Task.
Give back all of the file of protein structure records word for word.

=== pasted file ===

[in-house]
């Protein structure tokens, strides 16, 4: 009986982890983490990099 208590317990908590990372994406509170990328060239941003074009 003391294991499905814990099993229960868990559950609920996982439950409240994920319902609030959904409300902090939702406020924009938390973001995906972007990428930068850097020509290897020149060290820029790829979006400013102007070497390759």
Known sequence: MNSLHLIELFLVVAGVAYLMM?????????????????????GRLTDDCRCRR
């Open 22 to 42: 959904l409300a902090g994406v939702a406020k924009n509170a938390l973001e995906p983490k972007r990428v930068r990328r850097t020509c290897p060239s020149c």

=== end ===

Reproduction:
[in-house]
């Protein structure tokens, strides 16, 4: 009986982890983490990099 208590317990908590990372994406509170990328060239941003074009 003391294991499905814990099993229960868990559950609920996982439950409240994920319902609030959904409300902090939702406020924009938390973001995906972007990428930068850097020509290897020149060290820029790829979006400013102007070497390759």
Known sequence: MNSLHLIELFLVVAGVAYLMM?????????????????????GRLTDDCRCRR
């Open 22 to 42: 959904l409300a902090g994406v939702a406020k924009n509170a938390l973001e995906p983490k972007r990428v930068r990328r850097t020509c290897p060239s020149c």